Mindfulness, religion, rules, regulations, policies, boundaries. What do all these things have in common? They all try to regulate what you think in the present to allow you to live in the moment without worry or suffering. In the case of some religions, they aim to ward off “evil spirits” from taking over your soul. Of course with advancements in psychology and neuroscience, we know now that these so called demons are “mental illnesses” in various degrees of intensity. This is the modern day nomenclature, but who knows we might find out our assumption all wrong and call them something else down the line. Anxiety, depression, mania, bipolar, psychosis, are modern names for these demonic possessions. But is it not the rules, regulations, and laws that are set on us that causes conflicts in our mental models of the world?

Who justifies whether the assumptions made during setting rules and policies other than father time himself? The outcome of the formula is the only real justification of its merit. A formula concocted by people in power put in power by people that are suffering the effects of the ripples. Ripples made throughout history by all the conflicting thoughts and expectations of everyone in all societies. As long as the information is not shared with everyone with whom the information pertains, then decisions are not well informed. But how then can you share information and get informed consent from everyone involved when the information presented looks like this:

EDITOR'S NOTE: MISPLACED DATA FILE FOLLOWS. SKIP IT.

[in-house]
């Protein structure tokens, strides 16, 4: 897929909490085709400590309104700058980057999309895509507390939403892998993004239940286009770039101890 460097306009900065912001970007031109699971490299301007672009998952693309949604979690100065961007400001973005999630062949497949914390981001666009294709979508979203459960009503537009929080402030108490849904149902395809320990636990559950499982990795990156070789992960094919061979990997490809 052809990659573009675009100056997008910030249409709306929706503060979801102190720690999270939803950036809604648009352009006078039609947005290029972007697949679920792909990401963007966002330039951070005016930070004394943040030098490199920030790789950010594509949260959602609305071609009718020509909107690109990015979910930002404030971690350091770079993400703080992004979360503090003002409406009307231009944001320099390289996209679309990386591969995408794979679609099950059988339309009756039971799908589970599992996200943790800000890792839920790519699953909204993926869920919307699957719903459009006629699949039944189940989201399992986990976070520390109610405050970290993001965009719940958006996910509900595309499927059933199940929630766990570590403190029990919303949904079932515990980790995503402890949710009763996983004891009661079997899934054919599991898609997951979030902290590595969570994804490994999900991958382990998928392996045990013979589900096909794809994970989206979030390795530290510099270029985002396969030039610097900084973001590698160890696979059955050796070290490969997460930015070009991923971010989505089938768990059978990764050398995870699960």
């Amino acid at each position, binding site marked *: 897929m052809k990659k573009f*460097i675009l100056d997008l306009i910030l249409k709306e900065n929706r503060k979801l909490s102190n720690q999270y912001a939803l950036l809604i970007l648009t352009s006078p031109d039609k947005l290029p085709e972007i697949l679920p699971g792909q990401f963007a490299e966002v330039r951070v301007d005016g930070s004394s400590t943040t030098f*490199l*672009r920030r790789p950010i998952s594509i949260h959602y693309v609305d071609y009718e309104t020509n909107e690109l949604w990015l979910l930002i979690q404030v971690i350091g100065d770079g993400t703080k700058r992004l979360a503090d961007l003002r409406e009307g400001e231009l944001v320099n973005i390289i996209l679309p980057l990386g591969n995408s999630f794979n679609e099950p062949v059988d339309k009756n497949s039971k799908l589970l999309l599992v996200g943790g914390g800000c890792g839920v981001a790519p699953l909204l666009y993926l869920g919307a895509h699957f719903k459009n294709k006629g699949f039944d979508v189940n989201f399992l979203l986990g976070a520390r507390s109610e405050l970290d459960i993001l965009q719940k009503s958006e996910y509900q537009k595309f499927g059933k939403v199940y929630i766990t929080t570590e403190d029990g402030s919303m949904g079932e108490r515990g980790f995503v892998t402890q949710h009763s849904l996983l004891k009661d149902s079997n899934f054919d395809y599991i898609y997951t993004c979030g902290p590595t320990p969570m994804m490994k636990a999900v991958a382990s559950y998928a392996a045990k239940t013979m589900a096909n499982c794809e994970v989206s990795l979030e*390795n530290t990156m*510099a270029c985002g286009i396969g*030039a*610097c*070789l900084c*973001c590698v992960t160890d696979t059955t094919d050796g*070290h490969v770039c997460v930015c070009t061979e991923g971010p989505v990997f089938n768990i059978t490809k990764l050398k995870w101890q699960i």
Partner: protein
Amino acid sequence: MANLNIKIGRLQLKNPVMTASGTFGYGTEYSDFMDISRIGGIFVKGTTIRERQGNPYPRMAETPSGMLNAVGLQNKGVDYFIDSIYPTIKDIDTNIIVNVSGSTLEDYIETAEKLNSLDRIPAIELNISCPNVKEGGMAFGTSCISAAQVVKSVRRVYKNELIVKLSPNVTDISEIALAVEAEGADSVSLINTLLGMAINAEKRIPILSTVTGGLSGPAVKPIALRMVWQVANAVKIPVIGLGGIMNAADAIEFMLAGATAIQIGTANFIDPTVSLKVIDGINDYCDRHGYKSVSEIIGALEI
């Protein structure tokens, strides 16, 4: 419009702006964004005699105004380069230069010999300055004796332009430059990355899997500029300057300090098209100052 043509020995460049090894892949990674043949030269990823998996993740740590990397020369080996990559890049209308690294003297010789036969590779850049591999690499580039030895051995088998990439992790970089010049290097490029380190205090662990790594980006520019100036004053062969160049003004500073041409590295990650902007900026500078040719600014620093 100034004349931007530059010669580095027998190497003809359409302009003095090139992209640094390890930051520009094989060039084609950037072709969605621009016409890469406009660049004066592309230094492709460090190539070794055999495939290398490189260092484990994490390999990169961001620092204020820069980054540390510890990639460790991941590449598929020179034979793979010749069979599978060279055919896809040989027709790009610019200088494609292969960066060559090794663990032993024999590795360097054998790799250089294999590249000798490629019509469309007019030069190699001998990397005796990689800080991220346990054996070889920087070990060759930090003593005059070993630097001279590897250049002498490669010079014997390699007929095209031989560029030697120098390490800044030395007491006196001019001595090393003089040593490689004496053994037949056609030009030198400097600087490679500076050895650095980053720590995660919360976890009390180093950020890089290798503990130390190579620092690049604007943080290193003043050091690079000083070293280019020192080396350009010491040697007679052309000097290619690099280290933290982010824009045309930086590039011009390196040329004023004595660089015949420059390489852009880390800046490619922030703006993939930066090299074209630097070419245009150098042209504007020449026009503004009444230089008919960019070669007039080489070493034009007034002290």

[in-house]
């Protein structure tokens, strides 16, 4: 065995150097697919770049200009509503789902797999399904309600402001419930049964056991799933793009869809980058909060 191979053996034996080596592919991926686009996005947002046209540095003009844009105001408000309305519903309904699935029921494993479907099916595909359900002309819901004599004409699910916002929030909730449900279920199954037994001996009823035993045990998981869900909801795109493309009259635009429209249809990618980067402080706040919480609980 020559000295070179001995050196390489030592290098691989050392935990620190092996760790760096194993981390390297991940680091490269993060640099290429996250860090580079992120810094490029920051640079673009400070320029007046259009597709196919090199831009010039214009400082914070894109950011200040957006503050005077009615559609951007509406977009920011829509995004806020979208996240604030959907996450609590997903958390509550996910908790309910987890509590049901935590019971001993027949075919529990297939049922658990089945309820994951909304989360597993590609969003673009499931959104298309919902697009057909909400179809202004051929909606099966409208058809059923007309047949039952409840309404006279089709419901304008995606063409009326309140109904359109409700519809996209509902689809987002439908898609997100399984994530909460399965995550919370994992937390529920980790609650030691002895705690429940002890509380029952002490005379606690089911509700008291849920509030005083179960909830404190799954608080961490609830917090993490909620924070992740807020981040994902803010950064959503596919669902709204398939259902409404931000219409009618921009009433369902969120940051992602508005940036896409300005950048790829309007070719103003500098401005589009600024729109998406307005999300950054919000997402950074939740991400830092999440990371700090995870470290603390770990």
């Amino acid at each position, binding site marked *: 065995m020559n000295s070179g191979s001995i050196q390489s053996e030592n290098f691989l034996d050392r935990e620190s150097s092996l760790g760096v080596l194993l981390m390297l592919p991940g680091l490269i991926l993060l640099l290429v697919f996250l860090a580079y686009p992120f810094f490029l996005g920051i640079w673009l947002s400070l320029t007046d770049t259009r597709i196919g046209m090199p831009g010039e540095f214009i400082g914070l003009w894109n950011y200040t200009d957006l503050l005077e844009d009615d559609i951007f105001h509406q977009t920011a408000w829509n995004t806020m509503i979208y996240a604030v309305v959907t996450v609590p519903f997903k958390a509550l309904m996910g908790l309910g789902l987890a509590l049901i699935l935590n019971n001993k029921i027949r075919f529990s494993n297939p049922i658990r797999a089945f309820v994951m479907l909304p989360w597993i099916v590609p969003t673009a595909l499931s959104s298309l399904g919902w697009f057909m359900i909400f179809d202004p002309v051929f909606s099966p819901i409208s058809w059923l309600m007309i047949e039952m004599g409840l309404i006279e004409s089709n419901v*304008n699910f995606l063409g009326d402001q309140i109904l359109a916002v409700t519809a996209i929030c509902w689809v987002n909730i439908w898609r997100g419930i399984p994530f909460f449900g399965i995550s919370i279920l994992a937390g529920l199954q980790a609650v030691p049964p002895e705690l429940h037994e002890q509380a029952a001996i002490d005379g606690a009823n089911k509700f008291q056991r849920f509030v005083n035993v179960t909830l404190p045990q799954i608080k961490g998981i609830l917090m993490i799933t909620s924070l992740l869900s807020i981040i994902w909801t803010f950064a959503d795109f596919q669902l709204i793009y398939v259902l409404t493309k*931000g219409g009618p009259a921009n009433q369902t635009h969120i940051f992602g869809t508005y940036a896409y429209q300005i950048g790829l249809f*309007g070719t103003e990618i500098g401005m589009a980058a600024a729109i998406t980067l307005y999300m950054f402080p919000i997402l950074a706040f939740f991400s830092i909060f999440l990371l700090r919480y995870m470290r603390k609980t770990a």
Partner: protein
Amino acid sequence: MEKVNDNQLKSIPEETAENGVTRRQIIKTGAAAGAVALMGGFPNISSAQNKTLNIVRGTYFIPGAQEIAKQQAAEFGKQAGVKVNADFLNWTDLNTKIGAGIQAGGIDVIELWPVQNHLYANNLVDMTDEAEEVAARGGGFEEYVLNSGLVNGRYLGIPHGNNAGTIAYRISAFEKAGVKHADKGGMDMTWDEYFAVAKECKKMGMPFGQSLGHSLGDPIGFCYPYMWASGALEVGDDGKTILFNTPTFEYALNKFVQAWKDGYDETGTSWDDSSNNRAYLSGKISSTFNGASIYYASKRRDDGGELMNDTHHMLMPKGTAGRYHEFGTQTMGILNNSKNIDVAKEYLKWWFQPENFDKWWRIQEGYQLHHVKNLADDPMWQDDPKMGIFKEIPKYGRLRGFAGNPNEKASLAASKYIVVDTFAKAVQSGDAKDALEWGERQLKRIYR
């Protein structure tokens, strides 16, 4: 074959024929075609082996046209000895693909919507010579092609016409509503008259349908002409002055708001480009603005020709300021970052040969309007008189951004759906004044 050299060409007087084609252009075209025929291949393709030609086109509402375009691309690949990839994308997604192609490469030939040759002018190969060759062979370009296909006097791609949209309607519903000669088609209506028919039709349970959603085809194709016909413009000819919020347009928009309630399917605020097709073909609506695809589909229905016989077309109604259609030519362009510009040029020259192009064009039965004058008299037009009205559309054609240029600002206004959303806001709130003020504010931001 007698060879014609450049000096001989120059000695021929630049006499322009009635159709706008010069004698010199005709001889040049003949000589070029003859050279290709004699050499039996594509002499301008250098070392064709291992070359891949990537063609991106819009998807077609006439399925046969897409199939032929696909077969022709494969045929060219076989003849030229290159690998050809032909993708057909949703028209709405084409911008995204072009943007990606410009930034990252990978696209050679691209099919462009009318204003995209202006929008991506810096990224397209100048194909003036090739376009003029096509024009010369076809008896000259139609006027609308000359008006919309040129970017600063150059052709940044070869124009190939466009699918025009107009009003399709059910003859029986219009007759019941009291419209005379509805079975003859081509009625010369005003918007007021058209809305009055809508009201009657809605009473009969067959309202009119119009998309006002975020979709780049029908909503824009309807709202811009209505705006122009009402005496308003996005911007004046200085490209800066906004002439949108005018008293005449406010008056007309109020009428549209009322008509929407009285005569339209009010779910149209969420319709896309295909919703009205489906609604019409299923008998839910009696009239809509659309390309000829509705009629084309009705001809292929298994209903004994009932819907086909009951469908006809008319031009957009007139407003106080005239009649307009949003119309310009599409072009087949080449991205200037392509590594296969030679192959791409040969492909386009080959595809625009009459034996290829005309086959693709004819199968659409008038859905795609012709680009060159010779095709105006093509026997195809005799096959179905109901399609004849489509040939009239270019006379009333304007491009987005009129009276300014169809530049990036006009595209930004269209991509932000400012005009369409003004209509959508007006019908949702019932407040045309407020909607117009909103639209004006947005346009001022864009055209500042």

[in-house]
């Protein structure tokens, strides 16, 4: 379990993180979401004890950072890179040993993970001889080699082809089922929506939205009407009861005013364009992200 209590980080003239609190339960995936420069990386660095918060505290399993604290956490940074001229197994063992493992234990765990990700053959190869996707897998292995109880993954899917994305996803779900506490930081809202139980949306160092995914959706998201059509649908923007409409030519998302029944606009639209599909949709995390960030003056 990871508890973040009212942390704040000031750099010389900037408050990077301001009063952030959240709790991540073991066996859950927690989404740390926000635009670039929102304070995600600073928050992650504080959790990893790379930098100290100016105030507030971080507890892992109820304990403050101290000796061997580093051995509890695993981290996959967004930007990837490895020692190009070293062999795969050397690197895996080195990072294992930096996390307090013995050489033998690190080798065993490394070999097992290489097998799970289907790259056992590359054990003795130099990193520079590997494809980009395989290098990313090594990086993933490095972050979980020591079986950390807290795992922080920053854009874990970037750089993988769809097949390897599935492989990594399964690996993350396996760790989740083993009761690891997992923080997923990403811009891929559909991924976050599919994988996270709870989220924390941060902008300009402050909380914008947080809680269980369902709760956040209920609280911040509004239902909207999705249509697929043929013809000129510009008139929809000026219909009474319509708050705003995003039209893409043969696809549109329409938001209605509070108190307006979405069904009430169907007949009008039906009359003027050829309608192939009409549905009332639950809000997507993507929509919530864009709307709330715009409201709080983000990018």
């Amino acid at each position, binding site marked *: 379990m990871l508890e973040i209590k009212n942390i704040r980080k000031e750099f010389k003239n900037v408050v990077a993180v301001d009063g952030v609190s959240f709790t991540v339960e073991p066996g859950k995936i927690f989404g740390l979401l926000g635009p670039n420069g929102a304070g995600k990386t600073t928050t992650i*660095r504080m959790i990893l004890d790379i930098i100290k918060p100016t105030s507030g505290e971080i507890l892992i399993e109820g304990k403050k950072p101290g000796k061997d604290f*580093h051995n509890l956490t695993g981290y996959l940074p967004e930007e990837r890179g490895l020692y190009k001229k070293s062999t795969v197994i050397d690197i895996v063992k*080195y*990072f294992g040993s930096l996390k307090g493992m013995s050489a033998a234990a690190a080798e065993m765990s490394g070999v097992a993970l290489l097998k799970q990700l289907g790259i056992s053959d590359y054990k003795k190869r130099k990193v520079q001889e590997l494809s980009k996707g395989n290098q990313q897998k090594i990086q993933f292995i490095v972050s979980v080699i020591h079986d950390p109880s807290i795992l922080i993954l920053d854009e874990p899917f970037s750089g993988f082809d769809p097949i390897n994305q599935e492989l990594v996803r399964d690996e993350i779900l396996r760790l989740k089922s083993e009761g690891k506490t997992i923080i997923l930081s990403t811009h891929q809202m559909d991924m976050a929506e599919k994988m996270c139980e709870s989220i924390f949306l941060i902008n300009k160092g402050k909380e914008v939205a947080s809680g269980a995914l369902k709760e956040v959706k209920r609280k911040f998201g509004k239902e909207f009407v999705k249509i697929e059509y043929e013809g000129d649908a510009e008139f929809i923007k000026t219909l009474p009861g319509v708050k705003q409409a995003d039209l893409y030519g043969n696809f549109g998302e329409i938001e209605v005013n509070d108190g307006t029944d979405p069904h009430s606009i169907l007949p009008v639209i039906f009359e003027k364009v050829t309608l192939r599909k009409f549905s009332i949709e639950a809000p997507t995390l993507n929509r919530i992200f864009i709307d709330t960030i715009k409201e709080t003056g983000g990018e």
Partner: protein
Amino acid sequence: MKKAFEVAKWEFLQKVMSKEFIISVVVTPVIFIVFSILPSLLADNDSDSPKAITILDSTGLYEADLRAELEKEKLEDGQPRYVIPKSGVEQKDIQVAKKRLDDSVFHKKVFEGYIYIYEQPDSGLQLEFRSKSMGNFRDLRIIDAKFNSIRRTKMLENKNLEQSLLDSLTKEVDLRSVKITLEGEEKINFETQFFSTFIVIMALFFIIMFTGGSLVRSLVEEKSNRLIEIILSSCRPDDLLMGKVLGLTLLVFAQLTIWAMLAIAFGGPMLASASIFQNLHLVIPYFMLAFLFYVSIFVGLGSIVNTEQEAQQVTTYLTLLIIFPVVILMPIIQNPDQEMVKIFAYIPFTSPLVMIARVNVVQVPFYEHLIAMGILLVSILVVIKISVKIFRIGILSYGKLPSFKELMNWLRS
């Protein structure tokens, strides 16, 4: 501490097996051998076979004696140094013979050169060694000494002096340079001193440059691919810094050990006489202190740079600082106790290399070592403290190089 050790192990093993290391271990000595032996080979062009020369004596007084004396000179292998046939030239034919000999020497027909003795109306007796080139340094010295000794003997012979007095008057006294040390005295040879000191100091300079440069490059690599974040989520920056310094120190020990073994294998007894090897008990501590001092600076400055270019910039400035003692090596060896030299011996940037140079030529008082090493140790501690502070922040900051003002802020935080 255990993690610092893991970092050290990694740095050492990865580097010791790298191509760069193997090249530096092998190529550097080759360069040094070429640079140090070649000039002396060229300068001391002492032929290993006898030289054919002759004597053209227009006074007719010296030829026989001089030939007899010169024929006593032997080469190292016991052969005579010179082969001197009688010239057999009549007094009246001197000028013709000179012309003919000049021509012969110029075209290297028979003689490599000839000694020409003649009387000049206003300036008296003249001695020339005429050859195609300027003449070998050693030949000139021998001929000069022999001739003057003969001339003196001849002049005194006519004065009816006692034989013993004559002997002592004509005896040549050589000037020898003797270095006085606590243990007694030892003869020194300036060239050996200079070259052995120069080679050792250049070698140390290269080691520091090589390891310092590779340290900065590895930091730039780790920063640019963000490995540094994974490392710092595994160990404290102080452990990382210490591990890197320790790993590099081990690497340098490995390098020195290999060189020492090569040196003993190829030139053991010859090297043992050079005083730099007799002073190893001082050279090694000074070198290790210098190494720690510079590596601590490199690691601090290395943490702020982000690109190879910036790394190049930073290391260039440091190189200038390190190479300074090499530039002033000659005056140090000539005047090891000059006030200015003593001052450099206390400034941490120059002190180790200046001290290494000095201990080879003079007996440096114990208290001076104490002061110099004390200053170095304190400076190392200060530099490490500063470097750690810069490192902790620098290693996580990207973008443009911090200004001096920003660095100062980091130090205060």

terms-and-conditions

With all other cognitive loads we have, there is no accountability for capacity and misinformation. People are to blame for ‘clicking agree’ on stuff they are misinformed about, and not the fact that the information is so dense that no normal human has the time of day to actually process it all. These agreements aren’t just over the internet or on paper, though, they are made verbally, as well, every day with your boss, wife, husband, friend, girlfriend, boyfriend, etc. But who is at fault here? In reality no one.  But with all this to process how can one make an informed decision that will help them overcome anxiety in the moment? How do you say yes to hanging out with friends if you are unsure what might come up with work? How do you agree to go out on a date with a stranger you just met? In the words of Nike’s slogan: just do it.